“Palliative sedation”, which is relatively rarely indicated as an appropriate medical treatment for dying people, is used when it is the only reasonable way to control pain and suffering and is given with that intention. It is not euthanasia. “Terminal sedation” refers to a situation in which the patient’s death is not imminent and the patient is sedated with the primary intention of precipitating their death. This is euthanasia. The terms palliative terminal sedation and continuous palliative sedation confound these two ethically and legally different situations.Death Euthanasia Research Paper
Euthanasia advocates have been arguing that we cannot distinguish the intention with which these interventions are undertaken, and therefore, this distinction is unworkable. But the circumstances in which such an intervention is used and its precise nature allow us to do so. For instance, if a patient’s symptoms can be controlled without sedation, yet they are sedated, and especially if the patient is not otherwise dying and food and fluids are withheld with the intention of causing death, this is clearly euthanasia. Needing to discern the intention with which an act is carried out is not unusual. For instance, because intention is central to determining culpability in criminal law, judges must do so on a daily basis. We note, also, that intention is often central in determining the ethical and moral acceptability of conduct, in general.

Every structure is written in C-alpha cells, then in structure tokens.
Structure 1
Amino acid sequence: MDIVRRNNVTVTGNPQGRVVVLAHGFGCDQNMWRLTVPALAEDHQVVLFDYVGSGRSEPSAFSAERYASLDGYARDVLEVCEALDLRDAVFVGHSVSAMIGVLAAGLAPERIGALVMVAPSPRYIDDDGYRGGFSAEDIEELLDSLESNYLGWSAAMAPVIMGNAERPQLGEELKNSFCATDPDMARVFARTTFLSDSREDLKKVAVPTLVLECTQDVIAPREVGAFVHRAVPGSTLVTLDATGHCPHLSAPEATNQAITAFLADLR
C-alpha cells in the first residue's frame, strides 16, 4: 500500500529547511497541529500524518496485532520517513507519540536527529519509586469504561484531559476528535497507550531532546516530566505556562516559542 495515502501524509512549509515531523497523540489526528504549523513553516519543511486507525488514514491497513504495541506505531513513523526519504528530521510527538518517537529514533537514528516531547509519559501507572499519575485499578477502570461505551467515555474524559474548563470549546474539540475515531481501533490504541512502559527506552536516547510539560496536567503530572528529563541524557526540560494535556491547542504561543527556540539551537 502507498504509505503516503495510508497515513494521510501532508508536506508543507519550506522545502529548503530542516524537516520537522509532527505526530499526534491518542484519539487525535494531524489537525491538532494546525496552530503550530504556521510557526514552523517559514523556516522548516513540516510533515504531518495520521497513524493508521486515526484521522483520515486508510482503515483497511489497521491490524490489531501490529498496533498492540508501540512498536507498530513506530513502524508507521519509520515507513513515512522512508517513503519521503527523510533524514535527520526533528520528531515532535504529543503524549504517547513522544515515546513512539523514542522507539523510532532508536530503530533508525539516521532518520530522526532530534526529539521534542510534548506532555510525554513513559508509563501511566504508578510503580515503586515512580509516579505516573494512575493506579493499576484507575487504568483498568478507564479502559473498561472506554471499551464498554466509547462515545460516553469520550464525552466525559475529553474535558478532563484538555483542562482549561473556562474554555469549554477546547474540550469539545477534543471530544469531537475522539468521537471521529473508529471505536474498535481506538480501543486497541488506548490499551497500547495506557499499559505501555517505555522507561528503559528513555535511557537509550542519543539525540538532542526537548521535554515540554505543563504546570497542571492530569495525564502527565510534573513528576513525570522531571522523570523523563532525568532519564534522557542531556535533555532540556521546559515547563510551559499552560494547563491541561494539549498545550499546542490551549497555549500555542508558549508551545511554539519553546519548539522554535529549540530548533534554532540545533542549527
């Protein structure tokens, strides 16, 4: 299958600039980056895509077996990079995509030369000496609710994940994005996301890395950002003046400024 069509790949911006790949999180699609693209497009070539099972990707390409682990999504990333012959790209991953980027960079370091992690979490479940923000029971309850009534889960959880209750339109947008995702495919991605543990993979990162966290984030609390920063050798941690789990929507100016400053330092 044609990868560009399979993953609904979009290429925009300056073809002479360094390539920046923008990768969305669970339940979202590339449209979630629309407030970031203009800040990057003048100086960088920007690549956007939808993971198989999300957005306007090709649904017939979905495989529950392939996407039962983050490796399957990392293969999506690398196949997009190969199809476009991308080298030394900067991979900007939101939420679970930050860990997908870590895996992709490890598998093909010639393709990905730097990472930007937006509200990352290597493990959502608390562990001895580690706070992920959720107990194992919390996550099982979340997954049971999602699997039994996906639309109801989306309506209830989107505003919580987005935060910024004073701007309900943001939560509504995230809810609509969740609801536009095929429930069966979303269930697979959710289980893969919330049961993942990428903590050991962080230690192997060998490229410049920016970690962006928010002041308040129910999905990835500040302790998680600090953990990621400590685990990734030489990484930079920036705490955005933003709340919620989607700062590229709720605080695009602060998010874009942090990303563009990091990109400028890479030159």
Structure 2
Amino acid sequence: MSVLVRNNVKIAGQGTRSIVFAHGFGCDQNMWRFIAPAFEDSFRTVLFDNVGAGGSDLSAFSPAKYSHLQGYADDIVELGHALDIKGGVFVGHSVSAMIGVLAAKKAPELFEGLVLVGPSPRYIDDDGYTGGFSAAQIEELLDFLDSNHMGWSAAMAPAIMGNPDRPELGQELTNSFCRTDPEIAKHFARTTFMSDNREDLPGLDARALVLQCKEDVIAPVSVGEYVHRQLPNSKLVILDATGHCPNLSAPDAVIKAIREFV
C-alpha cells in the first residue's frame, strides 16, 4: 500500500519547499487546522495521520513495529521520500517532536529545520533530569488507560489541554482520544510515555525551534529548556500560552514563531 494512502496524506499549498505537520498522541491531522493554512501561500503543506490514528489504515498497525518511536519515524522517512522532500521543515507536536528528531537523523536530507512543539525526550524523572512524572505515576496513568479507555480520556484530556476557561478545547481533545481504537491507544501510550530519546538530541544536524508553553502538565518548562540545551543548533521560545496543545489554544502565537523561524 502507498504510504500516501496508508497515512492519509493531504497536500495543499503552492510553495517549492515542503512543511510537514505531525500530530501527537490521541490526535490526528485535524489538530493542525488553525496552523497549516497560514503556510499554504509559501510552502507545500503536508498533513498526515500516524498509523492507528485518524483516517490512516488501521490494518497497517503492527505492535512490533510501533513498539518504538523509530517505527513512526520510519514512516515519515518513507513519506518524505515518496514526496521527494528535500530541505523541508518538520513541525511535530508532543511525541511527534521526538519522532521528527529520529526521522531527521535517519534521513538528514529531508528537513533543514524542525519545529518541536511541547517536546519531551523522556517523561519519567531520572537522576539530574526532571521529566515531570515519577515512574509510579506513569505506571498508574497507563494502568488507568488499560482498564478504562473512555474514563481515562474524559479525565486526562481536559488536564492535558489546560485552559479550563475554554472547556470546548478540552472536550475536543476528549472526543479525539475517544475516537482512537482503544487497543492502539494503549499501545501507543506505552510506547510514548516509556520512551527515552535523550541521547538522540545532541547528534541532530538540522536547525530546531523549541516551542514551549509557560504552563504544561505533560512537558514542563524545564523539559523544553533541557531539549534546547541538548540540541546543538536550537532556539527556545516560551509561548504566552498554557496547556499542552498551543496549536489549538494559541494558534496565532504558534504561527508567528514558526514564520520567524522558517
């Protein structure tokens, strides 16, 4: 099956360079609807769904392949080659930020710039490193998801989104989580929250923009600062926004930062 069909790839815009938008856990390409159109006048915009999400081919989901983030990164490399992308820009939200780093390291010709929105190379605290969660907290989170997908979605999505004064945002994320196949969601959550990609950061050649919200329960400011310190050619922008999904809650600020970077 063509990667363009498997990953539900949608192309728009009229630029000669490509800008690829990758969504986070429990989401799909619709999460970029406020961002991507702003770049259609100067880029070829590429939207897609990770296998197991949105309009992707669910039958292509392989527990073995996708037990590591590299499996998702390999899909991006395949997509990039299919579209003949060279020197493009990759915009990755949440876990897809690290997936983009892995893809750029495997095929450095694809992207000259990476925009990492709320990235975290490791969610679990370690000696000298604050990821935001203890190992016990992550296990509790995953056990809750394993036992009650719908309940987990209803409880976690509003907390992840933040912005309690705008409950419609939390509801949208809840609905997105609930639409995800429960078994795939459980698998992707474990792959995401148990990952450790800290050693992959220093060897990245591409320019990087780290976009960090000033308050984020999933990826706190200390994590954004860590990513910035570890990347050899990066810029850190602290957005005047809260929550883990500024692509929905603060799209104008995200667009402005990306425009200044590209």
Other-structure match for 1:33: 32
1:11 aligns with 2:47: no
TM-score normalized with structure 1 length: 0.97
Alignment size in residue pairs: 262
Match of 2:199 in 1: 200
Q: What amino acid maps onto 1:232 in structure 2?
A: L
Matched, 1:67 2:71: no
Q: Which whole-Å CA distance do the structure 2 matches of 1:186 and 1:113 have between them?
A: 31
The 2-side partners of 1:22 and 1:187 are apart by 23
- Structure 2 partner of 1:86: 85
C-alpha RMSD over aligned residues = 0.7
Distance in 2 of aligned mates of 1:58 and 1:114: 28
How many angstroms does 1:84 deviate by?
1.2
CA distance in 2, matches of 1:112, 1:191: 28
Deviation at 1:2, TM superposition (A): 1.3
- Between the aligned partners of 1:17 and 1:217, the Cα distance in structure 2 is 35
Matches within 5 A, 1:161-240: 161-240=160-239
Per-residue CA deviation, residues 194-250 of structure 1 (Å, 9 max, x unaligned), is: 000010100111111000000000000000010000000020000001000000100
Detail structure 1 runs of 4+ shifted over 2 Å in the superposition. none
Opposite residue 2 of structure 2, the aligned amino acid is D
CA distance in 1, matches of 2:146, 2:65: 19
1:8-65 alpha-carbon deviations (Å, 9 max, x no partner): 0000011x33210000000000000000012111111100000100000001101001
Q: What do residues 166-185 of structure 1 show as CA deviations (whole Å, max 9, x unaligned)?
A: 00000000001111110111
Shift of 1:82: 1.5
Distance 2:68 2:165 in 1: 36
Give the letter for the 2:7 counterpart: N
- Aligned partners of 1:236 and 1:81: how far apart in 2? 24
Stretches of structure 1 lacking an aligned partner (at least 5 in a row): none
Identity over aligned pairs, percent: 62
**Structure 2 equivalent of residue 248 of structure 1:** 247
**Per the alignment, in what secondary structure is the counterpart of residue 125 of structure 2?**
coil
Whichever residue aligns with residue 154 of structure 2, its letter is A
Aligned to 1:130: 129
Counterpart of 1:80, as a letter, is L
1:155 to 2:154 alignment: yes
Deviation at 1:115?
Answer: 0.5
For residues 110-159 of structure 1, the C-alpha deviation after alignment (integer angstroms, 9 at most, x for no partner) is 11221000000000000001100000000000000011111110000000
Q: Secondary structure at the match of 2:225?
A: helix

Within the realm of decision-making in a medical context, withdrawal of artificial hydration and nutrition has continued to be a very contentious issue in situations in which persons are not competent to decide for themselves about continuing or withdrawing this treatment. The questions raised include: When does its withdrawal constitute allowing a person to die as the natural outcome of their disease (when it is not euthanasia)? And when does its withdrawal constitute starving and dehydrating a person to death (when it is euthanasia)